High Times in Virginia: What Does the Changing Marijuana Landscape Mean for Employers and Employees?
By Broderick C. Dunn
On November 16, 2020, Governor Ralph Northam issued a press release stating that he would introduce and support legislation legalizing marijuana in the Commonwealth of Virginia. Northam said:
It’s time to legalize marijuana in Virginia. Our Commonwealth has an opportunity to be the first state in the South to take this step, and we will lead with a focus on equity, public health, and public safety. I look forward to working with the General Assembly to get this right.
Northam’s push for legalization comes on the heels of new marijuana laws that went into effect on July 1, 2020. In addition to decriminalizing simple possession of marijuana in the Commonwealth, the new laws prohibit employers and educational institutions from requiring an applicant to disclose information concerning any arrest, criminal charge, or conviction for simple marijuana possession. While Virginia’s new “Ban the Box” law does not have a private right of action, employers can be subject to a Class 1 misdemeanor for each violation.
The potential legalization of marijuana in Virginia further complicates the unsettled employment law landscape. Employers are already reviewing and revising their job application and hiring practices to ensure that they are not asking applicants to disclose arrests, criminal charges and/or convictions for simple marijuana possession. Legalization could require employers to shift their risk management inquiries beyond the hiring and application process. Consider the following hypothetical:
Smokey works at Acme Supermarket. During his breaks, Smokey likes to go out to his car with his friend and coworker Craig, and smoke marijuana. Acme Supermarket’s employee handbook clearly states that it is a drug, alcohol and tobacco free workplace. Although Smokey and Craig smoke marijuana during their lunch break and at various times during the day, neither believes that he is intoxicated.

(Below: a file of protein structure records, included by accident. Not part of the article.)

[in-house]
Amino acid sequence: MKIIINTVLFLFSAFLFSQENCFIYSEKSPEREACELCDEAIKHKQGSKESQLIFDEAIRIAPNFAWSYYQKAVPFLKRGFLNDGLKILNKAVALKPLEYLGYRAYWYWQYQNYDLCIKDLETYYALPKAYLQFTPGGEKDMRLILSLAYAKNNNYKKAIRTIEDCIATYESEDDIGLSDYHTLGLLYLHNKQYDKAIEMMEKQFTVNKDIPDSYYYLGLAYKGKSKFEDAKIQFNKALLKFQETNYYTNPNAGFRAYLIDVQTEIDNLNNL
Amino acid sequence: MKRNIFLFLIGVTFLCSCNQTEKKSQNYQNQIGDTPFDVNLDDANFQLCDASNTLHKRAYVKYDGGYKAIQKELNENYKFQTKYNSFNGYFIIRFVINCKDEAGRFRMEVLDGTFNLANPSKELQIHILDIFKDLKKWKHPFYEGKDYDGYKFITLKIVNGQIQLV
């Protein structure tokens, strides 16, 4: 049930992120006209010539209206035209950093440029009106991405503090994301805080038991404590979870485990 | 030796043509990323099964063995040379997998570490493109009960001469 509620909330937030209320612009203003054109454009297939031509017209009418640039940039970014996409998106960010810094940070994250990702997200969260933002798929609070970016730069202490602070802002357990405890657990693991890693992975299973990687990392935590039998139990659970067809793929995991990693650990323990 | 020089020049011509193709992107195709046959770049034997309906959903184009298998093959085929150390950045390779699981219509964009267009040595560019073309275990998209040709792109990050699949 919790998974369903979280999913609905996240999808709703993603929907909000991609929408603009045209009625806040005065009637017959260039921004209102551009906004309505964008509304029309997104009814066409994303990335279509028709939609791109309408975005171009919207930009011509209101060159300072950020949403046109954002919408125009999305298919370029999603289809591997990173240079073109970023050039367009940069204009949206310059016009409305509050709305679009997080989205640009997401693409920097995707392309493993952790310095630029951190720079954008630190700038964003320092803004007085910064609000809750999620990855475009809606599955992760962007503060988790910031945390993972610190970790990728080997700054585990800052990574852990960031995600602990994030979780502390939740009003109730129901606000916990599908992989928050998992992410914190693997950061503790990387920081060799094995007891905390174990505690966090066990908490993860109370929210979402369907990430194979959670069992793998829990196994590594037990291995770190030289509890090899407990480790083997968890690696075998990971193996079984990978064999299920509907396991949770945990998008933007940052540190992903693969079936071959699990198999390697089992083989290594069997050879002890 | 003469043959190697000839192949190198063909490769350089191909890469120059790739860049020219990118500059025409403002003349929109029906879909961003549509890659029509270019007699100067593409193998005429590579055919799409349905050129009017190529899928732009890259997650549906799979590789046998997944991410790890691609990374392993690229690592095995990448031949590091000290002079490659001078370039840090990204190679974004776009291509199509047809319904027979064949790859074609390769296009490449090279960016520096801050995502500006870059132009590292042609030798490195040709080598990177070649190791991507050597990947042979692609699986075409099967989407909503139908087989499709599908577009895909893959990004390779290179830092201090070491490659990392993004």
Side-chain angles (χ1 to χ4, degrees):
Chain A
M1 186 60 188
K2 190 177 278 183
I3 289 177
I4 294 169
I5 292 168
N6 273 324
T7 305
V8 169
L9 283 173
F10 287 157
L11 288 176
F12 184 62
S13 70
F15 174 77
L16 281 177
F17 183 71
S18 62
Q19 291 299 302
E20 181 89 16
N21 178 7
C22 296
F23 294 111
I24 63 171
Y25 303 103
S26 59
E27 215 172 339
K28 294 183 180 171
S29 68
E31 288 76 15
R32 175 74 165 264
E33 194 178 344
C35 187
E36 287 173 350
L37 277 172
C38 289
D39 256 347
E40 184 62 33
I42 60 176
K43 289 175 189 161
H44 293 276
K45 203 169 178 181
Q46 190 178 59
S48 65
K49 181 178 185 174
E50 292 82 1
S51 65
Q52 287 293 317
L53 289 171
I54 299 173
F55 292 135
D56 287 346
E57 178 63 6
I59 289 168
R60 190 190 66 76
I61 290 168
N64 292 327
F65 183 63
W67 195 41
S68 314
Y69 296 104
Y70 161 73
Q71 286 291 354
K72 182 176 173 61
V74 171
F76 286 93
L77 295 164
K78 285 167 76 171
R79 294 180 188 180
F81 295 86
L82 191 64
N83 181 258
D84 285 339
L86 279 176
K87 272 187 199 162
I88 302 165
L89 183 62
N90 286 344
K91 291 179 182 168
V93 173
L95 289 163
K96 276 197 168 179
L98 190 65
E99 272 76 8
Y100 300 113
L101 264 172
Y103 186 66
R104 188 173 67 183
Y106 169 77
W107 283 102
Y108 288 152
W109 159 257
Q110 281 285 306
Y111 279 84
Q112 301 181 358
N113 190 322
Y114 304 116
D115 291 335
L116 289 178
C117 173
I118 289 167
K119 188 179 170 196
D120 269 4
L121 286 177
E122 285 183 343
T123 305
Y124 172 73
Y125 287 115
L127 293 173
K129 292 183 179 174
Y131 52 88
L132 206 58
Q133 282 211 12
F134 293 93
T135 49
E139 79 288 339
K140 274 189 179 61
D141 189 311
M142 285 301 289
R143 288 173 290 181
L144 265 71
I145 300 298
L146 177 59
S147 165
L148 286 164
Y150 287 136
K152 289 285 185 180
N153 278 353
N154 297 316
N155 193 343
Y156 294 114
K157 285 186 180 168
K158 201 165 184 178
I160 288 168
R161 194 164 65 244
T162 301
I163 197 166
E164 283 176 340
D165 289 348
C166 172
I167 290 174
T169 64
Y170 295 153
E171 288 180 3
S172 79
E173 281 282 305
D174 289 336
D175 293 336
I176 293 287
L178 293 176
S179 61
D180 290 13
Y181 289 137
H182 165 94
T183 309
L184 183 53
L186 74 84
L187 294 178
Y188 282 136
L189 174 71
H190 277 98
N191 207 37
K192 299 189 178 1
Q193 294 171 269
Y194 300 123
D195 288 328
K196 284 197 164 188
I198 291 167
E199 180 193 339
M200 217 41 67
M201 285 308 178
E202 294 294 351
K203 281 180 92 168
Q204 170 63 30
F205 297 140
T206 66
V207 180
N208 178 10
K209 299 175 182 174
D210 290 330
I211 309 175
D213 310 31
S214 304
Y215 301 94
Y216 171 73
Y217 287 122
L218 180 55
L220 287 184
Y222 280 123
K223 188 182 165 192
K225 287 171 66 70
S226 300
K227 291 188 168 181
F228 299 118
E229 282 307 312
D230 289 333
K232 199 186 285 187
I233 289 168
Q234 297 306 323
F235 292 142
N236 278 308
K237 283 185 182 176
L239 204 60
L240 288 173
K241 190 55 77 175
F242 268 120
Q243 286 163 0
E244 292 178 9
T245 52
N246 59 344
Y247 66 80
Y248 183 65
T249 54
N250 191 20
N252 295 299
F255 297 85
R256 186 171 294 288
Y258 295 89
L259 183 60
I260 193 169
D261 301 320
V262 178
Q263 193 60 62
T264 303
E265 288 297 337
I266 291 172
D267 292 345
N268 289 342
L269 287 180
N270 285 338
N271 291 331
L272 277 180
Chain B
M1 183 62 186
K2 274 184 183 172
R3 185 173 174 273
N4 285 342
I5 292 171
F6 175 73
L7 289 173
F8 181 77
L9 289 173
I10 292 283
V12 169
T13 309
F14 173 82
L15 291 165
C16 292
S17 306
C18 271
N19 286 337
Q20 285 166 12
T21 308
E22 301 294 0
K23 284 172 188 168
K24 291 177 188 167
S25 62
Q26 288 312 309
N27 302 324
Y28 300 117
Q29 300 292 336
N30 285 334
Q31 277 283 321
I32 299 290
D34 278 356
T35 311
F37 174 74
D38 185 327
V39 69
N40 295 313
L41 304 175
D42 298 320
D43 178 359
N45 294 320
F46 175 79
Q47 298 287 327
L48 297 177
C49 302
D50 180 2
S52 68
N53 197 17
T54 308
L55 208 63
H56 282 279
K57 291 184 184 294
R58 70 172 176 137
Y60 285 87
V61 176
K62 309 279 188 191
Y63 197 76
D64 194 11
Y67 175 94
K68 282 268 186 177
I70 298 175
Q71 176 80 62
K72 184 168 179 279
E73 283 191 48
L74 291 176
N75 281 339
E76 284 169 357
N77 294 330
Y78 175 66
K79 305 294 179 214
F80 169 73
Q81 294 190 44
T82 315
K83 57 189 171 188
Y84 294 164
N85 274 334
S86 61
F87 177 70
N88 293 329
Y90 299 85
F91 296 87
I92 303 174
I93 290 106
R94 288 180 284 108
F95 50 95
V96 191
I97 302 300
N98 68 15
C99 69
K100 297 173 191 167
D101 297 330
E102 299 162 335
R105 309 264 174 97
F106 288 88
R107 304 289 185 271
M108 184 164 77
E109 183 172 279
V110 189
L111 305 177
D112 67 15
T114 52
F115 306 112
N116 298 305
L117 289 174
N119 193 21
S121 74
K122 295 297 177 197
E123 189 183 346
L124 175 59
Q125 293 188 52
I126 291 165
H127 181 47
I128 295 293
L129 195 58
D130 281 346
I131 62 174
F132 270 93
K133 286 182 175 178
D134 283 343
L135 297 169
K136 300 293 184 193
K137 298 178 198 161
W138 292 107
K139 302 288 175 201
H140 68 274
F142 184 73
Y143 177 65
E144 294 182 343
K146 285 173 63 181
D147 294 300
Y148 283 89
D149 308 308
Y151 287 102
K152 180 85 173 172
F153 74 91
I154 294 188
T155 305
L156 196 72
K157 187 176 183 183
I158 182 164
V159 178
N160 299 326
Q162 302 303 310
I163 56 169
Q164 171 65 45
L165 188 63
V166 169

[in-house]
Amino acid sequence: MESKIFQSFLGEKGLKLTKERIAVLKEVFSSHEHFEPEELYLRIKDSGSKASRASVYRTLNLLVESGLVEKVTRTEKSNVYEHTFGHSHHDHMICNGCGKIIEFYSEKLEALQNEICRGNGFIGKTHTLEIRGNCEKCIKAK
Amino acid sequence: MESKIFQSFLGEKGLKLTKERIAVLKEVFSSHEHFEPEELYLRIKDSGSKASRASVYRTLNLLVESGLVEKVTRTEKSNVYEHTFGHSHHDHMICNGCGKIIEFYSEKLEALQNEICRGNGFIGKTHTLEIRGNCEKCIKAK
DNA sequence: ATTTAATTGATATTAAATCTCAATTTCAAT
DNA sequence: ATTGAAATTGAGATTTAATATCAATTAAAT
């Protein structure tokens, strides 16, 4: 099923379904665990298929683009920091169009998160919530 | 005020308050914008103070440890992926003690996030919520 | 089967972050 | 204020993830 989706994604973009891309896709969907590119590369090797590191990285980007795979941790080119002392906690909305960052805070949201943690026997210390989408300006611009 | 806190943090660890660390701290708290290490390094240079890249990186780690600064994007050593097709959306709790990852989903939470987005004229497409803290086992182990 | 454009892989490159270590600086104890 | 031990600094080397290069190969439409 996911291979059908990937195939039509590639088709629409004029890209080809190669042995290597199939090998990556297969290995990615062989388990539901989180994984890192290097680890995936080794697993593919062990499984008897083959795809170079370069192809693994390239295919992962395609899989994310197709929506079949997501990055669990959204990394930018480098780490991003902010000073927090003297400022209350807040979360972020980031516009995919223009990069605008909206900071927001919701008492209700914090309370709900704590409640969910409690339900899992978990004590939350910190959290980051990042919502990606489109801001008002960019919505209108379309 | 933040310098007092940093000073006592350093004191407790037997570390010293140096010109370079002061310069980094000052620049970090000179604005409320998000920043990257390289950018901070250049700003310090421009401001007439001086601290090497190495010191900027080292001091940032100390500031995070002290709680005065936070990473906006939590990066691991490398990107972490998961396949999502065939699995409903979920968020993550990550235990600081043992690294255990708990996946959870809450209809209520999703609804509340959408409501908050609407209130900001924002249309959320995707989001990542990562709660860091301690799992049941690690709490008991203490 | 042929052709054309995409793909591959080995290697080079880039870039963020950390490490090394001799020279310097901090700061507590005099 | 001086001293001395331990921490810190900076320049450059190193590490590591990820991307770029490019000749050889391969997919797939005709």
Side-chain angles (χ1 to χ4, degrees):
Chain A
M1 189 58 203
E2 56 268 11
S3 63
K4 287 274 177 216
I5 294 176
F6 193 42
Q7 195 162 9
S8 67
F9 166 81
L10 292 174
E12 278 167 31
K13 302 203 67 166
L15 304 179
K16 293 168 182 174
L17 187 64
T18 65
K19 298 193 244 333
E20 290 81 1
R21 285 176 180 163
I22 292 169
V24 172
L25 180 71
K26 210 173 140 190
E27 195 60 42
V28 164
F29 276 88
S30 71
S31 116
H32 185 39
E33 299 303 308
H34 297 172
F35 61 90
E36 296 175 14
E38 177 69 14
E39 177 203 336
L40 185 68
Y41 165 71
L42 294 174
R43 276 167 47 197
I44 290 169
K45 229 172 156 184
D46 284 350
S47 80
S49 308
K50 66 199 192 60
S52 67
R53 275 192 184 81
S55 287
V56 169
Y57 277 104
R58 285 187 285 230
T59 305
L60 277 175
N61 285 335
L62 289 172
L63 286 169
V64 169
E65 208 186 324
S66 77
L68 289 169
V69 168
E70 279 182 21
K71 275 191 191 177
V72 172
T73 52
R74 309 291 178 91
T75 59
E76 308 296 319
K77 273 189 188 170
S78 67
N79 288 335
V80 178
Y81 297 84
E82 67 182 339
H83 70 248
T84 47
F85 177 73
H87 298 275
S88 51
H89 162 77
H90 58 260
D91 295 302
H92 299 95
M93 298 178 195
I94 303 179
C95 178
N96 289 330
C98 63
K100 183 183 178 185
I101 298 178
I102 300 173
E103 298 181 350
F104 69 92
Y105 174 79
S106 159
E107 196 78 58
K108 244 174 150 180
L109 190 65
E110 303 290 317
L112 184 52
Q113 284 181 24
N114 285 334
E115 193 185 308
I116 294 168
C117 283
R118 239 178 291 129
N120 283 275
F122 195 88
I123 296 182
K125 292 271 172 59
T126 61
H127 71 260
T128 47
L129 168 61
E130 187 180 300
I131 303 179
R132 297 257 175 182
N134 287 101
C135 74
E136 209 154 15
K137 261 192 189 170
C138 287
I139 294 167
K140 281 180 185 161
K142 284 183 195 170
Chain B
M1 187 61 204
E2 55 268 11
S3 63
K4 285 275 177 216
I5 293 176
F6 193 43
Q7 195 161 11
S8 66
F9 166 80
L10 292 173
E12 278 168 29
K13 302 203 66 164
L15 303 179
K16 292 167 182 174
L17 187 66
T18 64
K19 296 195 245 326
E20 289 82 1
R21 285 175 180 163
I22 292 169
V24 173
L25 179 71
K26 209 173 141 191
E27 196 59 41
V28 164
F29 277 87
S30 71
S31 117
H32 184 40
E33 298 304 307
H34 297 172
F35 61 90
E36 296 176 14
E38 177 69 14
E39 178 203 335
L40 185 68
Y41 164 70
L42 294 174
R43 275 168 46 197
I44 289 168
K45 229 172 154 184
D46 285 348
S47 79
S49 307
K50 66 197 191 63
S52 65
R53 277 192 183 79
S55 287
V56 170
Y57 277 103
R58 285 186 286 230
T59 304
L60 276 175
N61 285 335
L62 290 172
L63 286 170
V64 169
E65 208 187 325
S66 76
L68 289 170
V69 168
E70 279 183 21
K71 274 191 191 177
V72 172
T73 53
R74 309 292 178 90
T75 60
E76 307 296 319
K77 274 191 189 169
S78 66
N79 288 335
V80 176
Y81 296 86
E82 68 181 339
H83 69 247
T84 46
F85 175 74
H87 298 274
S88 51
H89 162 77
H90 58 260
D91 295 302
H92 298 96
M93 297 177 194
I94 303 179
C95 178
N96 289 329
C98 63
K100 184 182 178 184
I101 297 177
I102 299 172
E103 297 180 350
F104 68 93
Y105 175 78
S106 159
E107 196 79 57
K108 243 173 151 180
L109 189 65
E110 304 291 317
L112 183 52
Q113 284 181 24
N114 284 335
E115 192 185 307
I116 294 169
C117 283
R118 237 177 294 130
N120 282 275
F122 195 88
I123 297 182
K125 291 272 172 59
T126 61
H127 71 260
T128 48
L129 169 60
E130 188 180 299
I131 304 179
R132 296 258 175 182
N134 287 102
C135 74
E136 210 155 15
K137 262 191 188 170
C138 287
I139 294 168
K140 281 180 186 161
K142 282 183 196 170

Employers may certainly prohibit employees from using alcohol or other intoxicants like marijuana while on the job and may also ban such substances from being brought into the workplace. However, legalization may create more gray areas. What if Smokey has congenital glaucoma and uses marijuana to keep his eye pressure down? Might he have a claim under the Americans with Disabilities Act? Marijuana is still illegal under federal law and, as such, the ADA does not protect illegal drug use. Some states like the Commonwealth of Massachusetts have medical marijuana laws which state that patients cannot be denied any right or privilege because of their medical marijuana use. Massachusetts’ disability laws give employees the right to reasonable accommodations.
Legalization could also lead to more discrimination claims by employees. Smokey and Craig are African American. What if their manager constantly accuses them of being high but says nothing about their co-worker, Jeff Spicoli, coming to work smelling like he has been doing crowd control at a Phish concert? Smokey and Craig might certainly have a discrimination claim under the Virginia Values Act if they wrongfully suffer adverse employment actions while Spicoli is allowed to keep smoking.
If anything is certain, Virginia’s 2021 legislative session might be just as impactful as 2020.